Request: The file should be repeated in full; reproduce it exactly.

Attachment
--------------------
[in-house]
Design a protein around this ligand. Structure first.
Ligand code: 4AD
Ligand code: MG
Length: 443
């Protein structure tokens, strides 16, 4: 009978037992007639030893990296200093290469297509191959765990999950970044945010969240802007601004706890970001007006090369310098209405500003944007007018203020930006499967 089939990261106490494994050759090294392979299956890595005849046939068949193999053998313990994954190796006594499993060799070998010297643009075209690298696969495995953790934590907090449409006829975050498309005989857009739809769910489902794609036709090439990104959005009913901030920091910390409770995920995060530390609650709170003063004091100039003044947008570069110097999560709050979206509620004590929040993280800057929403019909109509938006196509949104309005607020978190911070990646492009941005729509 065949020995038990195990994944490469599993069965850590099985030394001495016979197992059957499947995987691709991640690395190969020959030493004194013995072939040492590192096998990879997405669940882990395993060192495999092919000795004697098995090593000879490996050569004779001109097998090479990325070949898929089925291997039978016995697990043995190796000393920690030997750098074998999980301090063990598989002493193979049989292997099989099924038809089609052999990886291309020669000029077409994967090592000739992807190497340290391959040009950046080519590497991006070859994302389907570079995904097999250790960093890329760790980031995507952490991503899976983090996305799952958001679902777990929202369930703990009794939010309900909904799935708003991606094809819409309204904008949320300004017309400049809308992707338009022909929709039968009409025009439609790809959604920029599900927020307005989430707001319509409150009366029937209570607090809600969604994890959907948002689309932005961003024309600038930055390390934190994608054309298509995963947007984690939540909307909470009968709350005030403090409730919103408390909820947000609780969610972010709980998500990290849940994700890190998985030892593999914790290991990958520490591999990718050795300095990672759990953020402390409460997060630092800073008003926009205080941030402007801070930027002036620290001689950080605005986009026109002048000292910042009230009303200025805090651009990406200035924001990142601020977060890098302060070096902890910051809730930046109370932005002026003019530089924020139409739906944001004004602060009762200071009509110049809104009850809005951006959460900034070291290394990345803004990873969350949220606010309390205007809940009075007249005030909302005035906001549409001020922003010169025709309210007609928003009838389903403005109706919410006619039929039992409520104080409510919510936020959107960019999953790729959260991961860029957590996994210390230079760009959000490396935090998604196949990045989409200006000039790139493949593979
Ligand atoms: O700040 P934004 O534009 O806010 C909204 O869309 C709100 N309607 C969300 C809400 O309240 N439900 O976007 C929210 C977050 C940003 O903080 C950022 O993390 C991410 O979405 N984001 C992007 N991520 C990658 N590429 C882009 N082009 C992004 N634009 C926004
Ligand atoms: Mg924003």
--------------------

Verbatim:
[in-house]
Design a protein around this ligand. Structure first.
Ligand code: 4AD
Ligand code: MG
Length: 443
């Protein structure tokens, strides 16, 4: 009978037992007639030893990296200093290469297509191959765990999950970044945010969240802007601004706890970001007006090369310098209405500003944007007018203020930006499967 089939990261106490494994050759090294392979299956890595005849046939068949193999053998313990994954190796006594499993060799070998010297643009075209690298696969495995953790934590907090449409006829975050498309005989857009739809769910489902794609036709090439990104959005009913901030920091910390409770995920995060530390609650709170003063004091100039003044947008570069110097999560709050979206509620004590929040993280800057929403019909109509938006196509949104309005607020978190911070990646492009941005729509 065949020995038990195990994944490469599993069965850590099985030394001495016979197992059957499947995987691709991640690395190969020959030493004194013995072939040492590192096998990879997405669940882990395993060192495999092919000795004697098995090593000879490996050569004779001109097998090479990325070949898929089925291997039978016995697990043995190796000393920690030997750098074998999980301090063990598989002493193979049989292997099989099924038809089609052999990886291309020669000029077409994967090592000739992807190497340290391959040009950046080519590497991006070859994302389907570079995904097999250790960093890329760790980031995507952490991503899976983090996305799952958001679902777990929202369930703990009794939010309900909904799935708003991606094809819409309204904008949320300004017309400049809308992707338009022909929709039968009409025009439609790809959604920029599900927020307005989430707001319509409150009366029937209570607090809600969604994890959907948002689309932005961003024309600038930055390390934190994608054309298509995963947007984690939540909307909470009968709350005030403090409730919103408390909820947000609780969610972010709980998500990290849940994700890190998985030892593999914790290991990958520490591999990718050795300095990672759990953020402390409460997060630092800073008003926009205080941030402007801070930027002036620290001689950080605005986009026109002048000292910042009230009303200025805090651009990406200035924001990142601020977060890098302060070096902890910051809730930046109370932005002026003019530089924020139409739906944001004004602060009762200071009509110049809104009850809005951006959460900034070291290394990345803004990873969350949220606010309390205007809940009075007249005030909302005035906001549409001020922003010169025709309210007609928003009838389903403005109706919410006619039929039992409520104080409510919510936020959107960019999953790729959260991961860029957590996994210390230079760009959000490396935090998604196949990045989409200006000039790139493949593979
Ligand atoms: O700040 P934004 O534009 O806010 C909204 O869309 C709100 N309607 C969300 C809400 O309240 N439900 O976007 C929210 C977050 C940003 O903080 C950022 O993390 C991410 O979405 N984001 C992007 N991520 C990658 N590429 C882009 N082009 C992004 N634009 C926004
Ligand atoms: Mg924003």